A Guide for the Perplexed
A GUIDE FOR THE PERPLEXED is the title of a novel in the form of a traveler’s guide in the form of letters to a mysterious, seemingly ubiquitous travel agent named Benjamin from two stranded but eventually satisfied customers. It is also the title of a book by the twelfth century Spanish-born Jewish philosopher, Moses Maimonides, ancestor of one of Ben’s clients/correspondents and, if this perplexing guide is to be believed, the true discoverer of America: Esau, a Jew, not Christopher Columbus (though in this telling Columbus himself is also Jewish). In fact, which is to say in Levi’s witty fiction, the discovery itself was part of a Jewish plot to establish a Jewish homeland once Spain decided to expel the Jews, no longer needed to extort money from wealthy Jews to finance the war against the Moors whom the Spanish had just defeated.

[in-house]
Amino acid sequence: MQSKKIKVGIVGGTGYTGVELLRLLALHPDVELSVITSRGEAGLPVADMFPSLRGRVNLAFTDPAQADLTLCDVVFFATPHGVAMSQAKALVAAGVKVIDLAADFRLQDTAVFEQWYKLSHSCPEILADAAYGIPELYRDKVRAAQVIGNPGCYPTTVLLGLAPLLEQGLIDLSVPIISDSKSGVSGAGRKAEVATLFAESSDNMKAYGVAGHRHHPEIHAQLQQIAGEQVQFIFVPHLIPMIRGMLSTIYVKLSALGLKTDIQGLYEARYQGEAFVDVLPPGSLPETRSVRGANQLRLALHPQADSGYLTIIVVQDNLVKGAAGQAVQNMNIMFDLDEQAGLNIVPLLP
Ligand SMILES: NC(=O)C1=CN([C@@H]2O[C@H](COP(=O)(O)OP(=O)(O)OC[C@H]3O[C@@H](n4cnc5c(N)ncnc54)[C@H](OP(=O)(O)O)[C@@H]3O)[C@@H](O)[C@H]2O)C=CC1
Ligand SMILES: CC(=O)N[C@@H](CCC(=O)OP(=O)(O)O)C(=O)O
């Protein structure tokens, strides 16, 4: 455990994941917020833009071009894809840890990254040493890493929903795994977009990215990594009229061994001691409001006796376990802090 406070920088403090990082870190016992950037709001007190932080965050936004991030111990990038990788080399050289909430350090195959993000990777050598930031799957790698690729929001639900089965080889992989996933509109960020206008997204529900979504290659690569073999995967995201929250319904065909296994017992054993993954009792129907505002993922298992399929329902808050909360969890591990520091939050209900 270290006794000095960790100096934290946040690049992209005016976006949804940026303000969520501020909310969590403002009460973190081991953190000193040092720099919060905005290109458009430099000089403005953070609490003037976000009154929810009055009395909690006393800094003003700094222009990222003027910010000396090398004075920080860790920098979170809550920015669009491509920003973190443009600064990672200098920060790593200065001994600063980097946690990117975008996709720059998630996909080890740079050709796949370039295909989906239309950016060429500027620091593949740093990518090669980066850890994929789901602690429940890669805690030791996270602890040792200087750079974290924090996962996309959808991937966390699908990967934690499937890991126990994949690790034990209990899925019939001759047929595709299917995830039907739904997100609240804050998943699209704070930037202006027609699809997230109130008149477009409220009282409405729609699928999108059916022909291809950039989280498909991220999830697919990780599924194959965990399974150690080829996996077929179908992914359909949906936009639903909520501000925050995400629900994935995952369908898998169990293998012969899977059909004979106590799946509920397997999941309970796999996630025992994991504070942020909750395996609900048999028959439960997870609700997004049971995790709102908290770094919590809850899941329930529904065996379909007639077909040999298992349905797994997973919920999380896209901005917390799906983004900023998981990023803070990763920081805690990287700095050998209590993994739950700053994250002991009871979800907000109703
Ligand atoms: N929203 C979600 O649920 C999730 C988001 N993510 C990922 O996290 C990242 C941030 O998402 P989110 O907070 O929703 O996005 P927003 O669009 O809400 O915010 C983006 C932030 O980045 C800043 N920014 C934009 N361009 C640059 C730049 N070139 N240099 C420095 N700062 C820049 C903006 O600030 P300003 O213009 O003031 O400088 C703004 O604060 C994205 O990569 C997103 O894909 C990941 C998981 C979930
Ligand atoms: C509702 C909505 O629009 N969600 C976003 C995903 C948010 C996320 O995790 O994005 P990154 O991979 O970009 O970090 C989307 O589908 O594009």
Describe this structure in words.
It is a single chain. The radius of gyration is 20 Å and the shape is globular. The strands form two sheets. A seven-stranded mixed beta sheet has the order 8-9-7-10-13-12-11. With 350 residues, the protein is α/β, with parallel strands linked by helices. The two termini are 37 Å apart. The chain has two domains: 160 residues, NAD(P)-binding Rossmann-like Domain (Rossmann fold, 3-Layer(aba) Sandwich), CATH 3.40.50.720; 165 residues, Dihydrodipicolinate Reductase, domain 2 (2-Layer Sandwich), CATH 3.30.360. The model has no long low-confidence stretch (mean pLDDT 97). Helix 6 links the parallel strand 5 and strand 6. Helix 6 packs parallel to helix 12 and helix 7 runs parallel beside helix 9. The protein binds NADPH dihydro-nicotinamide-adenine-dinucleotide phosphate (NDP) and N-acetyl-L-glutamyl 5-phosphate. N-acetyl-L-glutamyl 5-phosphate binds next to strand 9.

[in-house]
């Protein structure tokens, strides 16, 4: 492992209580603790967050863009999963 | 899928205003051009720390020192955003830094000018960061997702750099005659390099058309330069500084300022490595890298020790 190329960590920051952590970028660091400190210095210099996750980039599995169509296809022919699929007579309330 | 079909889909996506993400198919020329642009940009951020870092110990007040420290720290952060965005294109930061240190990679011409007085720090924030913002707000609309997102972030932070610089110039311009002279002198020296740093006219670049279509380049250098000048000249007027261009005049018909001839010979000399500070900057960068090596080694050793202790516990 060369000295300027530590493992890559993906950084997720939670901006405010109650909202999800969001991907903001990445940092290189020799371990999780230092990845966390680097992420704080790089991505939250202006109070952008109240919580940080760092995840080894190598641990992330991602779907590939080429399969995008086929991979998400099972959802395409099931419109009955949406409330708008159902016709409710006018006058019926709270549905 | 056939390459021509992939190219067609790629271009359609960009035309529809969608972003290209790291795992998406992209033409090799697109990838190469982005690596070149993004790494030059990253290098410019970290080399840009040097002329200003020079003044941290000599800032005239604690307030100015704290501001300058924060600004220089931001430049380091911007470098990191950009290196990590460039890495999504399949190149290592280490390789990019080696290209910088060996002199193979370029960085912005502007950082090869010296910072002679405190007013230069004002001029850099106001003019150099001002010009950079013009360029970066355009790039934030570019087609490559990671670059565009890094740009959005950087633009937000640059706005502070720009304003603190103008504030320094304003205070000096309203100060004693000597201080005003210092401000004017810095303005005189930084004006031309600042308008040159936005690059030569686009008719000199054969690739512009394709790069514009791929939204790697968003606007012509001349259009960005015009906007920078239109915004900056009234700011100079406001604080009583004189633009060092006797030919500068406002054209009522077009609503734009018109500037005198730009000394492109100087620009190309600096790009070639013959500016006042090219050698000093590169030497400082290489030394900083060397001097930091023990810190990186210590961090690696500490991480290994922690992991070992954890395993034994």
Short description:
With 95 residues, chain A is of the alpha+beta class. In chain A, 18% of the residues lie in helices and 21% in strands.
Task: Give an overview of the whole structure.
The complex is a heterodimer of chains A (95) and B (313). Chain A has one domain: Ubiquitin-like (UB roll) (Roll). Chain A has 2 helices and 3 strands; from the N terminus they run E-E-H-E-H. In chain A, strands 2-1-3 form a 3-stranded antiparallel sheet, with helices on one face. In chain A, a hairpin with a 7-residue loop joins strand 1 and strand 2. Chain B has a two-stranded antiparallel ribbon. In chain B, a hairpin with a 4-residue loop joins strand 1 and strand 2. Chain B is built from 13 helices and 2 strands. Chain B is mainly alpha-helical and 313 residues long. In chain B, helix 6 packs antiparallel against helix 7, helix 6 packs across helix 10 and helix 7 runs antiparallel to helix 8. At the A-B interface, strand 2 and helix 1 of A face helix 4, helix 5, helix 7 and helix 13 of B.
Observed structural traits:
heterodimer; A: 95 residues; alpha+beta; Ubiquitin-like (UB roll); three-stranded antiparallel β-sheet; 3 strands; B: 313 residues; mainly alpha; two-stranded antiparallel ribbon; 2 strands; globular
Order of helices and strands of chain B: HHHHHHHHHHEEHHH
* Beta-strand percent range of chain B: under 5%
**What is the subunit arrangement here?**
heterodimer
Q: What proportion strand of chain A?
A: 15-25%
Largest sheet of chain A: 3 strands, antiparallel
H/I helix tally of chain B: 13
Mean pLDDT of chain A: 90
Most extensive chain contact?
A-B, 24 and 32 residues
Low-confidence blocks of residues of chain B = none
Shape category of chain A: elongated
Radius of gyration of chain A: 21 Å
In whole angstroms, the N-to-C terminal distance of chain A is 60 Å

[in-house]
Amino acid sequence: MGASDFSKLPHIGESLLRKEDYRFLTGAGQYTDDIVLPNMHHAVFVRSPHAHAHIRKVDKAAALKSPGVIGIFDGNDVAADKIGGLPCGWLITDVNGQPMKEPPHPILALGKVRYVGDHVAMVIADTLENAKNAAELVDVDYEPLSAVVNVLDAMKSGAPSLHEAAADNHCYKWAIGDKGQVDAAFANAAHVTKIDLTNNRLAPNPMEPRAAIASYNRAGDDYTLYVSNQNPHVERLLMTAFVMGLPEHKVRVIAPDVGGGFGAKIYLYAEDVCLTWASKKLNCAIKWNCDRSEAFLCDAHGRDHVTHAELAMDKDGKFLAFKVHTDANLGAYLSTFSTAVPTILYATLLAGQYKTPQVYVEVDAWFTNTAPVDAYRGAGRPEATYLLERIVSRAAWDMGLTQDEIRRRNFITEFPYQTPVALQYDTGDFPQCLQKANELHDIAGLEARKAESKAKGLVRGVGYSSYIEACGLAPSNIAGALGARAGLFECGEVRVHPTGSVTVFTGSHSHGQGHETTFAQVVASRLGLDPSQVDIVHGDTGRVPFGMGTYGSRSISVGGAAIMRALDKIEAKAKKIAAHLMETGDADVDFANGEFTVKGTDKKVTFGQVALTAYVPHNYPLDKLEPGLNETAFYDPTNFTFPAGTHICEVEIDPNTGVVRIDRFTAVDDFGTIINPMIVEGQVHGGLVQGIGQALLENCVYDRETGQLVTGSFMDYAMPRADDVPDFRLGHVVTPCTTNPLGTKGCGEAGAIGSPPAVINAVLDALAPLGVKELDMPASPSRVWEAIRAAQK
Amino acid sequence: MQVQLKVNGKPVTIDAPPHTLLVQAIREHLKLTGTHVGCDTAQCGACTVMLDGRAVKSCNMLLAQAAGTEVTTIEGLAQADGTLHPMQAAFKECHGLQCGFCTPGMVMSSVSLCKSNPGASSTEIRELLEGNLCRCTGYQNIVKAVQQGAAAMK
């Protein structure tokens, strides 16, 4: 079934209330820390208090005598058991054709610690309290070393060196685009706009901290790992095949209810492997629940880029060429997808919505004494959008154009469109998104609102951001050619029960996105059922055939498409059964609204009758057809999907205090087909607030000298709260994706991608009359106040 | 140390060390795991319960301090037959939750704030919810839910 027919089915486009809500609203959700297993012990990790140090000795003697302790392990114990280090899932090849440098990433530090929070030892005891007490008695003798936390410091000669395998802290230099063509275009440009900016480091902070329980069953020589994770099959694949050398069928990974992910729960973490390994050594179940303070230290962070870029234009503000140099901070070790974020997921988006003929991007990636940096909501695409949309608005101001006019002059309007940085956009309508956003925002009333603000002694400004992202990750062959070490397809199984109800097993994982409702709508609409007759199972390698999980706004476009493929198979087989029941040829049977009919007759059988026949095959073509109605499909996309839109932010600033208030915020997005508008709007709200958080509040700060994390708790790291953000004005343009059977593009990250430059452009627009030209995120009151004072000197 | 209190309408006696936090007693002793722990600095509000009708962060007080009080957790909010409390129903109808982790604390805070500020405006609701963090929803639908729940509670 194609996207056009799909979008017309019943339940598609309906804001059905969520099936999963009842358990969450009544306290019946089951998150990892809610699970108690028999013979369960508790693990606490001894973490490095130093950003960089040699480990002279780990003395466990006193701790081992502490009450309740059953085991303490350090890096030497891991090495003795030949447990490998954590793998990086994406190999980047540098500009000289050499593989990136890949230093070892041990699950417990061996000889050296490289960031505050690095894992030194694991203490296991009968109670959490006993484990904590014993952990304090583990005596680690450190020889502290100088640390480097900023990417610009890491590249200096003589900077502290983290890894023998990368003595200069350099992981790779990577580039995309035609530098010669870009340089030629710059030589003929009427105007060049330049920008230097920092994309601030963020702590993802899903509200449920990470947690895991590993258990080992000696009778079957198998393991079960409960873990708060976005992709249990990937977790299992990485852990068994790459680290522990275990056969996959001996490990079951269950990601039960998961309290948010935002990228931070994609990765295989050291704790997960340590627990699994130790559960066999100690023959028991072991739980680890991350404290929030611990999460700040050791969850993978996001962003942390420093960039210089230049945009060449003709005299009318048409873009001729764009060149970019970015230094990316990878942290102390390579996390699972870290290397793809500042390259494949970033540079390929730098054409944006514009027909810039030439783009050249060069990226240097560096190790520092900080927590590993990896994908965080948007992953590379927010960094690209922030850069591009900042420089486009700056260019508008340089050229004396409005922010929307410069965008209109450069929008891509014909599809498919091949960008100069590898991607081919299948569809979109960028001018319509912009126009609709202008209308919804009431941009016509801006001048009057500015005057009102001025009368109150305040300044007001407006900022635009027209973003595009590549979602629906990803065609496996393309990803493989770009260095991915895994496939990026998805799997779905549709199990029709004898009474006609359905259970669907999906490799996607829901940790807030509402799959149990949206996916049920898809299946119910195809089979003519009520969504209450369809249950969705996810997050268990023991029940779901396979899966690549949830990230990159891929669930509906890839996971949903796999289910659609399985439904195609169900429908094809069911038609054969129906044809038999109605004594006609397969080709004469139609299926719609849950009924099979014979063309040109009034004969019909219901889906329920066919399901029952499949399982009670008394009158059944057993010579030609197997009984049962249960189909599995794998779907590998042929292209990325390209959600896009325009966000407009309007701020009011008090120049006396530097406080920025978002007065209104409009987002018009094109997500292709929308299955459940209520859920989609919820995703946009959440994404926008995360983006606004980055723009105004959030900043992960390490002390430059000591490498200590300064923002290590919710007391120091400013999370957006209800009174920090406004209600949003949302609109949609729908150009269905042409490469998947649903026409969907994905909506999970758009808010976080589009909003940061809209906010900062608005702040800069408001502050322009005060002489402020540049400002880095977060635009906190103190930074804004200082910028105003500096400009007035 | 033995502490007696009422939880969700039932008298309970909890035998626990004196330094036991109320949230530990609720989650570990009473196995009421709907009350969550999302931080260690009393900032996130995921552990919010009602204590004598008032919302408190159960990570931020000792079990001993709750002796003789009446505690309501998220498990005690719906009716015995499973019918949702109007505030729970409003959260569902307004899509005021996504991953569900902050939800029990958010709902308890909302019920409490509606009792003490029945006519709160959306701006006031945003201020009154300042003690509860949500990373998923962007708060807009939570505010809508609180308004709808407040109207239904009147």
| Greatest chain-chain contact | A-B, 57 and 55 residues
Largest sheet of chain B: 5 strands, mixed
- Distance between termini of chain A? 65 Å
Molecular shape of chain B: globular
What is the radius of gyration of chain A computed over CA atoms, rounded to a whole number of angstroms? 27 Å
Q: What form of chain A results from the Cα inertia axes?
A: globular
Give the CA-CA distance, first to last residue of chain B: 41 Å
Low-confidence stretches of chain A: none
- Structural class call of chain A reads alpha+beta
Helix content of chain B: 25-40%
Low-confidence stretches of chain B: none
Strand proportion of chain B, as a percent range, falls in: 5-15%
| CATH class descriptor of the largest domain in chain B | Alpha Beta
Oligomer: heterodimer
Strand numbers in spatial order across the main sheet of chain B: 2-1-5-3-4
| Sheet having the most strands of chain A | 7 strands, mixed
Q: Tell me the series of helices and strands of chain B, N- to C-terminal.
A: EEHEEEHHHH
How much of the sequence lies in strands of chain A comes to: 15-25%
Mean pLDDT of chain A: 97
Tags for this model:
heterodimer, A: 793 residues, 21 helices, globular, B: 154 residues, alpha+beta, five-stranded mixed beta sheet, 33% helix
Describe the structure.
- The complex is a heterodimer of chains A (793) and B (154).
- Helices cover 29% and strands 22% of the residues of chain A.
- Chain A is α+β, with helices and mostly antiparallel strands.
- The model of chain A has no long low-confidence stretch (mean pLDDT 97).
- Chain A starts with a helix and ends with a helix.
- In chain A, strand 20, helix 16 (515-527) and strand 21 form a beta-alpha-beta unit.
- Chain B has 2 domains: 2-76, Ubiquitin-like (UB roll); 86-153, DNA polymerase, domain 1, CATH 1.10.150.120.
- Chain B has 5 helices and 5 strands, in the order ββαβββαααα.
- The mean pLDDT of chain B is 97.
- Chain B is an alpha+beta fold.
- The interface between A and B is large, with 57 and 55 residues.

Levi’s subjects may be serious, but his approach is far from polemical in a novel that bears comparison with Italo Calvino’s IF ON A WINTER’S NIGHT A TRAVELER (narrative gamesmanship), Umberto Eco’s FOUCAULT’S PENDULUM (playful philosophizing and historicizing), and Thomas Pynchon’s GRAVITY’S RAINBOW (paranoid plots). Exuberantly excessive, A GUIDE FOR THE PERPLEXED defies summary but focuses on two women, Hanni Halevy, a Miami widow trying to recover the Esau letter that she claims proves her lineage, and Holland, an English documentary filmmaker in Mariposa to interview Sandor, the famous but reclusive violinist who may be Zoltan, the father of the child that, like Zoltan, Hanni has not seen since his birth at the very end of World War II. Levi juggles narrative lines even better than he does bloodlines in a novel that manages to be clever, fun, increasingly suspenseful, and, for all its intelligence and playful erudition, strangely and deeply affecting.